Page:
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Understanding relapse prevention is vastly important in the process of learning effective methods for maintaining lasting recovery. Many addicts and alcoholics who have experienced relapse report having certain “triggers” that spur cravings or thoughts of using or drinking. Identifying what these “triggers” may be is very useful in understanding how and why a relapse occurs.
Using substances and drinking is often a means of coping for addicts and alcoholics. If healthy coping skills are not developed in recovery they will be drawn to return to the most familiar coping mechanism they know, which is to drink or get high. The lure of the “quick fix” and instant gratification can be so imbedded in an addict’s consciousness that they will overlook or ignore what they know the consequences of a relapse will be.
Following a relapse, many addicts and alcoholics report having noticed changes in their behavior that preceded drinking or using drugs. Recognizing negative behaviors and reporting them to a therapist or another healthy support, such as a sponsor or a client advocate, is a preventative measure that can be taken before using or drinking occurs.
Frequently, preceding a relapse, there is a sense of apathy and perhaps complacency. The common narrative usually involves ceasing certain beneficial habits that had proven helpful in maintaining one’s sobriety. Often, before someone relapses they may have stopped working a 12-step program and attending meetings, they may have severed communication with sober supports and they may have become isolated, or they may have returned to old associations they had while they were using. In any case, many addiction professionals believe that blatant shifts in behavior represent the final stage of a multi-phased relapse process that begins long before someone actually picks up a drink or a drug.
The stages of relapse commence with an emotional disturbance, or as it is sometimes referred to, an “emotional relapse.” This stage is characterized by anxiety, irritability, defensiveness and mood swings. The “emotional relapse” is followed by the stage of “mental relapse.” At this time an addict or an alcoholic may start to subtly allow themselves permission to drink or use by glamorizing their past, fantasizing about using, or they may return to associations with people, places or things related to their past in active addiction. In the final stage of relapse, the “physical relapse,” urges to drive to the liquor store or to meet with a drug dealer may be too powerful to avoid.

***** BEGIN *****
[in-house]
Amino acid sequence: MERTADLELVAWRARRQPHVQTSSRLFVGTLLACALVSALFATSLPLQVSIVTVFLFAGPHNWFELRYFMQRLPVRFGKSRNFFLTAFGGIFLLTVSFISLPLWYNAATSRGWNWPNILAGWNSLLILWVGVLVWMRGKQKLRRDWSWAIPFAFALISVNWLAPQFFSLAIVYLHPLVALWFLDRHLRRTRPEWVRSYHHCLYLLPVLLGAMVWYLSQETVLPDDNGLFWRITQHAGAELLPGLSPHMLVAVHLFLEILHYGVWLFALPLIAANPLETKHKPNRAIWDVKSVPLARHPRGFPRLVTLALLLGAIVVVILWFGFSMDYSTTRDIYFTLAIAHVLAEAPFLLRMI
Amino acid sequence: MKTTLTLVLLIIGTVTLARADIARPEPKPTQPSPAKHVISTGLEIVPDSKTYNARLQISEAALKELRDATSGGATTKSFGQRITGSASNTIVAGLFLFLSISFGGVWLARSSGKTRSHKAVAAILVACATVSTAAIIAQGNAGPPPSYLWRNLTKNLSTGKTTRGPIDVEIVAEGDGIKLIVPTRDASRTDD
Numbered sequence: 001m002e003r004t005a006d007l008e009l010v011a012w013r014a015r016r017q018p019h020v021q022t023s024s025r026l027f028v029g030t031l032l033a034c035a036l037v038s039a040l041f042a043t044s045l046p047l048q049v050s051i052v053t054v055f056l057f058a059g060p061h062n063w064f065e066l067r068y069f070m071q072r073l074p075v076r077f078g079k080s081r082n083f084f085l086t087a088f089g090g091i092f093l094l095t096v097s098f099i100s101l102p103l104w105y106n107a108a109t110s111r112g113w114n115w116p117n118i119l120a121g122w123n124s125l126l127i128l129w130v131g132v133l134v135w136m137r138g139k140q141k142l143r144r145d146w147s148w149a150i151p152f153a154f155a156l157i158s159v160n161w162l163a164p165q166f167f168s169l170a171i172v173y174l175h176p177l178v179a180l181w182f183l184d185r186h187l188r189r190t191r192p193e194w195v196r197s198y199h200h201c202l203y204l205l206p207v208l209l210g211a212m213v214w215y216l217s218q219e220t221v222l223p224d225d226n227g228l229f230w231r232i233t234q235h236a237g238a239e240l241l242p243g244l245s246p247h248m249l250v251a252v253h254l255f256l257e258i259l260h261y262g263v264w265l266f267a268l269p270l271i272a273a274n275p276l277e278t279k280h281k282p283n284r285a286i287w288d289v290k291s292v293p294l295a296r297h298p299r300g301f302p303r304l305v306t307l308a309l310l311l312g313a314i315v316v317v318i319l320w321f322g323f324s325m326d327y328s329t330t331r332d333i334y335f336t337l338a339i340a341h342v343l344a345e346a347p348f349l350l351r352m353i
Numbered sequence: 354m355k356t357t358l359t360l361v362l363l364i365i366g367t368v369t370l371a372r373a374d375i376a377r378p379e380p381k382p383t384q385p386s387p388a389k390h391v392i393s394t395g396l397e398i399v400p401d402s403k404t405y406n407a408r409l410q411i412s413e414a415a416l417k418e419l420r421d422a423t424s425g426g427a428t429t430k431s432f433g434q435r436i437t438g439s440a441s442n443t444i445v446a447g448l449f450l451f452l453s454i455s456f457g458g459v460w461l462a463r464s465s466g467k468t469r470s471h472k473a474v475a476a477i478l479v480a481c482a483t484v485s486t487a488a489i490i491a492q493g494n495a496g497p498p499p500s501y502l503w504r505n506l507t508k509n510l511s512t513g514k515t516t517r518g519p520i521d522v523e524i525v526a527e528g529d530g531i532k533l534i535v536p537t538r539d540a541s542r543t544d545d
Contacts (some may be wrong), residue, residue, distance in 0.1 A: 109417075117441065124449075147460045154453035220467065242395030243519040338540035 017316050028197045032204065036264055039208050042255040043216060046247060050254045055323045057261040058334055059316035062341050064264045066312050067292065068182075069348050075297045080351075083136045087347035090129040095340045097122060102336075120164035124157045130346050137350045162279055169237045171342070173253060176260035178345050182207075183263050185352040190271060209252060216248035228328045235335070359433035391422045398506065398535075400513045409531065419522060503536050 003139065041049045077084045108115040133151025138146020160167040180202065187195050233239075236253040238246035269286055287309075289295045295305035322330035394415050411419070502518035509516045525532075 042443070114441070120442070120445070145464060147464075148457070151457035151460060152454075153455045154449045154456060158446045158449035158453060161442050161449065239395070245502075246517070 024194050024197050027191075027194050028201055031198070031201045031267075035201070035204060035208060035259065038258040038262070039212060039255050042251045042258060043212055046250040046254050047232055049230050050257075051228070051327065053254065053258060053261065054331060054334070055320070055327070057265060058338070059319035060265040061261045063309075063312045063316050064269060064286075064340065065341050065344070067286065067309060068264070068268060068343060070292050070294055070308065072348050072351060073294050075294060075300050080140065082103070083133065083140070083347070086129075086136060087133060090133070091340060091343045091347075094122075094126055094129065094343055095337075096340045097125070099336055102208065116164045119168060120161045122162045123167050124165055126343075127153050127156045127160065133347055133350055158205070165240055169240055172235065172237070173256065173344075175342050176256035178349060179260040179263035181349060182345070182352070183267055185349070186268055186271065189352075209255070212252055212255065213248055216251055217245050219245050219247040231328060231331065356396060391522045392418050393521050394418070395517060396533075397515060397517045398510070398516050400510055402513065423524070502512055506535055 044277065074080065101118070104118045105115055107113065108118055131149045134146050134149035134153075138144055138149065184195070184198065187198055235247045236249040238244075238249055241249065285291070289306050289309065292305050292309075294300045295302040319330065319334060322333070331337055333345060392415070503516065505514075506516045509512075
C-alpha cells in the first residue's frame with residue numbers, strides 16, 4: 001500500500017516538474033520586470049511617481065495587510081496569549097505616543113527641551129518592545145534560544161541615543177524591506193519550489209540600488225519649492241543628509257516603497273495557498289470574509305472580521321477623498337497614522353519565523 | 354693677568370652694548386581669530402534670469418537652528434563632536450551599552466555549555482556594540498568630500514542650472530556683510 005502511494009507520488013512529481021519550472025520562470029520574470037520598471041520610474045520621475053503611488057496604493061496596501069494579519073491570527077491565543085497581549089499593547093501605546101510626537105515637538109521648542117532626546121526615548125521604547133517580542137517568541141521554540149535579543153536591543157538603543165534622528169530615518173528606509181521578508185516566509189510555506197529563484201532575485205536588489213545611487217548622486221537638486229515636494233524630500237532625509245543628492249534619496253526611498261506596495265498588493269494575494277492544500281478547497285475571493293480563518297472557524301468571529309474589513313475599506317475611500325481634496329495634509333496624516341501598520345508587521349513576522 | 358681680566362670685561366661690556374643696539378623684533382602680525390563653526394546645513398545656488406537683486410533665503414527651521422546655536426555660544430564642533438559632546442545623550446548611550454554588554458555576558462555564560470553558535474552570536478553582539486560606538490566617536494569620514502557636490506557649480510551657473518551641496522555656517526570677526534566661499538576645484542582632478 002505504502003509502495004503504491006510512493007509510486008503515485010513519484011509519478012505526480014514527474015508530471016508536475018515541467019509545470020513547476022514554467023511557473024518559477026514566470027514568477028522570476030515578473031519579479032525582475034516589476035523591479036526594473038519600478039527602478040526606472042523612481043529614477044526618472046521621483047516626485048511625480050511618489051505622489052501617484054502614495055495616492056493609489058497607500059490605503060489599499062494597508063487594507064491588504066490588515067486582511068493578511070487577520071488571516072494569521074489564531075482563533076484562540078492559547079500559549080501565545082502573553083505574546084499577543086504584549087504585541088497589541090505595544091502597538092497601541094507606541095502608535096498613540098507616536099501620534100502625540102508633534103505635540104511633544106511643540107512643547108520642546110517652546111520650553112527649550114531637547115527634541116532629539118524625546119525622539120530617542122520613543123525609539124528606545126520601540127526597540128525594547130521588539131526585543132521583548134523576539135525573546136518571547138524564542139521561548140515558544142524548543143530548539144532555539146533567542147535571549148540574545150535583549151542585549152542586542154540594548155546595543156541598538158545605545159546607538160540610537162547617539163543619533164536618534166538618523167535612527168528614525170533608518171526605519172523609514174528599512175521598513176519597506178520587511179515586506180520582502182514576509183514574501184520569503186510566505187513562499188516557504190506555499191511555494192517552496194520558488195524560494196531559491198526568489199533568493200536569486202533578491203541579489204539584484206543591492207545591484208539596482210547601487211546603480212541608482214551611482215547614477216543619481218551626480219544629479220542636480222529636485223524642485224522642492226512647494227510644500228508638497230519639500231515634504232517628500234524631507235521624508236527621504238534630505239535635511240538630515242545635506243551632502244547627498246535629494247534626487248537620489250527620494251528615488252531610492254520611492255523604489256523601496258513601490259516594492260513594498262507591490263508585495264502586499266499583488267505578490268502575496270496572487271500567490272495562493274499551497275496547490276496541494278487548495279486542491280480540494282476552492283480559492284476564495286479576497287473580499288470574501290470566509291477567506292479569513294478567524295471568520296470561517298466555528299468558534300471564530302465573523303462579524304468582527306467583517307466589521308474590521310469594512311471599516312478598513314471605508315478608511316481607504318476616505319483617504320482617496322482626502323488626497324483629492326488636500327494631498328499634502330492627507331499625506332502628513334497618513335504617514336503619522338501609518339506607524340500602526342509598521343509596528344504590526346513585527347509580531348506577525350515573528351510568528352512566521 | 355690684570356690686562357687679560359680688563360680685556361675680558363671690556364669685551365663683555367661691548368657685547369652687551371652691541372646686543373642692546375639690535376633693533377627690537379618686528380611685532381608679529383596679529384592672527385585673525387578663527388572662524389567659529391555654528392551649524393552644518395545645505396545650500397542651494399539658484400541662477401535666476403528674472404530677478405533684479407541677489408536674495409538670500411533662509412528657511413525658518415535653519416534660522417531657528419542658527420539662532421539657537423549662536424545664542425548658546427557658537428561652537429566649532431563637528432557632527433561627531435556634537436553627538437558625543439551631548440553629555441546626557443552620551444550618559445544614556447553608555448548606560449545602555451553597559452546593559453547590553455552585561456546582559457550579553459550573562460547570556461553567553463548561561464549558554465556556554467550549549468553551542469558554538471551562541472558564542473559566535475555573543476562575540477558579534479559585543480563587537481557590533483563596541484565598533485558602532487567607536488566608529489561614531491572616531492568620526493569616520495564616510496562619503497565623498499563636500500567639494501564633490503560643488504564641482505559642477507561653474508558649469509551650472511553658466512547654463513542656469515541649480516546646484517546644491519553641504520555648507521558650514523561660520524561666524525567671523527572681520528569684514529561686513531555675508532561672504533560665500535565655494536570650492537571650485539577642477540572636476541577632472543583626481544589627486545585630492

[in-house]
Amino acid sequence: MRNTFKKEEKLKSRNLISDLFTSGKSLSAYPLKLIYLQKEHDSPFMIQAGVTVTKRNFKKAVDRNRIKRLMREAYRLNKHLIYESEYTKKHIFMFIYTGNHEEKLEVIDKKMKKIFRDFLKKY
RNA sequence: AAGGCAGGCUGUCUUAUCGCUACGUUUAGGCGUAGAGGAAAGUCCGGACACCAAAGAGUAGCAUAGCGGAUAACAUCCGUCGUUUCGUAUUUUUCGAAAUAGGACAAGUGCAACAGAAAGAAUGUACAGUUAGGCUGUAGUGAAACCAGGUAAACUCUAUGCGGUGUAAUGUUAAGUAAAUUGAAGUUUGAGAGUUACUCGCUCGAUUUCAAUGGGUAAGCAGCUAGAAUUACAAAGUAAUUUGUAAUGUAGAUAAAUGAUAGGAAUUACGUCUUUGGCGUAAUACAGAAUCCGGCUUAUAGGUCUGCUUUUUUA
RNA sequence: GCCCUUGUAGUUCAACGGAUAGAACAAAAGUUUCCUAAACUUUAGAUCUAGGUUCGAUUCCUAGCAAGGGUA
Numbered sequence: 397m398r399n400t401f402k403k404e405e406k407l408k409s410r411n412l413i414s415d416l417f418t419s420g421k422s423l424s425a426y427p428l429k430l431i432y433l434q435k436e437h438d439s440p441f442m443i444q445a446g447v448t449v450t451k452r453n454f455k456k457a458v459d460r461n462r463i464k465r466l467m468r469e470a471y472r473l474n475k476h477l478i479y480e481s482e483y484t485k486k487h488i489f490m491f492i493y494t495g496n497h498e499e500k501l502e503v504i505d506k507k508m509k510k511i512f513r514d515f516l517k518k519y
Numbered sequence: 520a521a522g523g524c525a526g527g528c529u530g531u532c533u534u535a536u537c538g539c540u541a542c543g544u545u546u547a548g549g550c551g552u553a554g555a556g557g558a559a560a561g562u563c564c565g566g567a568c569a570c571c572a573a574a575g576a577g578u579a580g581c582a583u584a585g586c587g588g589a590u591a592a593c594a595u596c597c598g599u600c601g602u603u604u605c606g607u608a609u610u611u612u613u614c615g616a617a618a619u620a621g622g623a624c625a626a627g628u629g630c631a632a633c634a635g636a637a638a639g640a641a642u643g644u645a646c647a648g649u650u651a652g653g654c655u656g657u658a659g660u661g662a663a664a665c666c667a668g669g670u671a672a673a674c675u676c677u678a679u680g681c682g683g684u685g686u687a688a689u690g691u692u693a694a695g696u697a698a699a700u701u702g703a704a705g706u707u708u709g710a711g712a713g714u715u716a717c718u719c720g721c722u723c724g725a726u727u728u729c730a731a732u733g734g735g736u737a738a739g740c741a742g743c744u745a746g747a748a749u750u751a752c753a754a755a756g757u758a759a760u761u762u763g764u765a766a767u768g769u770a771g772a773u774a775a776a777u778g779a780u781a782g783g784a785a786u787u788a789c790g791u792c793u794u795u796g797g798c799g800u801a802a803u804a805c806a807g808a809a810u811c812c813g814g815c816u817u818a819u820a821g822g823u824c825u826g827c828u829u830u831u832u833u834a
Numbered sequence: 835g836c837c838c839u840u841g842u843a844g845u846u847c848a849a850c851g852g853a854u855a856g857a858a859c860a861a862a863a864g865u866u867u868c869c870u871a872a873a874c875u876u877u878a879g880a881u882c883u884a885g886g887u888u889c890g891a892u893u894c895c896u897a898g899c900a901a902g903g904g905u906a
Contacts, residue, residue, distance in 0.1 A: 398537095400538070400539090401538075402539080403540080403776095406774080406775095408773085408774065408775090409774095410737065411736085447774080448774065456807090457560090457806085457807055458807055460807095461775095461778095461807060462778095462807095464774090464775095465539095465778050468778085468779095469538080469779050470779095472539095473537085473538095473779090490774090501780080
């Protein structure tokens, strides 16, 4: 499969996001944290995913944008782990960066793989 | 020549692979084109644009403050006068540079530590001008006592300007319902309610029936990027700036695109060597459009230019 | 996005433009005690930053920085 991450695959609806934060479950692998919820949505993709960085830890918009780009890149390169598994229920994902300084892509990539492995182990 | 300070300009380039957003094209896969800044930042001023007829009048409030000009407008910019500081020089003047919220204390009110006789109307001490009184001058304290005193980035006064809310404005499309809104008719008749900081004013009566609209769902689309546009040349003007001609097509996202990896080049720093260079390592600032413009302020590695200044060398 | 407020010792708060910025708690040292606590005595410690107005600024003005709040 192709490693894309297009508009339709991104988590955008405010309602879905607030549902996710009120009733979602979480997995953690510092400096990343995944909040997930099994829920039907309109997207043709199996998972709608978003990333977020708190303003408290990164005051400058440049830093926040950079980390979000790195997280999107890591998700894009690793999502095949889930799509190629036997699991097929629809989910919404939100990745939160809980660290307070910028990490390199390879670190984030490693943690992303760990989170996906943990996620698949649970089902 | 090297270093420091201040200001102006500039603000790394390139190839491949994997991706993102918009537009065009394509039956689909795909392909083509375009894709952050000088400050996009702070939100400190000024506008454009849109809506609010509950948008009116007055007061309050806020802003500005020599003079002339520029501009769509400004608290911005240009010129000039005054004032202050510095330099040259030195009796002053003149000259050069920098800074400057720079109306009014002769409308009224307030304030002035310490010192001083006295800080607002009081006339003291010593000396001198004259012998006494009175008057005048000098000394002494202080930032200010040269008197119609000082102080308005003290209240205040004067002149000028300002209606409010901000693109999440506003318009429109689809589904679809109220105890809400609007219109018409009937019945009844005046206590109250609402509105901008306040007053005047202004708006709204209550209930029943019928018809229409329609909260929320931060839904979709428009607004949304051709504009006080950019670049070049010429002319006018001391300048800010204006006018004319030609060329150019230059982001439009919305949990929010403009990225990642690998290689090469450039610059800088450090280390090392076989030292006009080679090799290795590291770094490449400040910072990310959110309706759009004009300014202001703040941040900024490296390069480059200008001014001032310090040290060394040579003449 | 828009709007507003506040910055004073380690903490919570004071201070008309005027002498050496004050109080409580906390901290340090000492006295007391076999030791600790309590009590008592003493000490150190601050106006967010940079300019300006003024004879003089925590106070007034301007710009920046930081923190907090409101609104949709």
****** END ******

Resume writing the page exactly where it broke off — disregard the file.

In the Relapse Prevention groups at Inspire Recovery, techniques for combating relapse in its earlier stages are learned and practiced. Methods of self-care are important skills to acquire, to make certain that becoming emotionally off-balance doesn’t happen.
Once thoughts of using or drinking begin to emerge, one should never keep those thoughts to themselves. Speaking to sober supports or a therapist is critical at that point. Getting into the habit of talking to fellows in recovery daily will make calling support when it is direly needed easier to do. When feeling uncertainty and doubt, one should mentally and physically list their reasons for seeking recovery in the first place in order to realize just where picking up a drink or a drug will inevitably lead for addicts and alcoholics. This is referred to by many as “playing the tape through.”
In reality, there are no difficult situations in life that drinking or using will fix, but whatever it is that someone might be dealing with, drugs and alcohol can always make that situation worse than it already is. It is vital to remember that in recovery no one ever has to face anything alone. Allow your fellows to be of help and what we can’t do alone, we can certainly do together.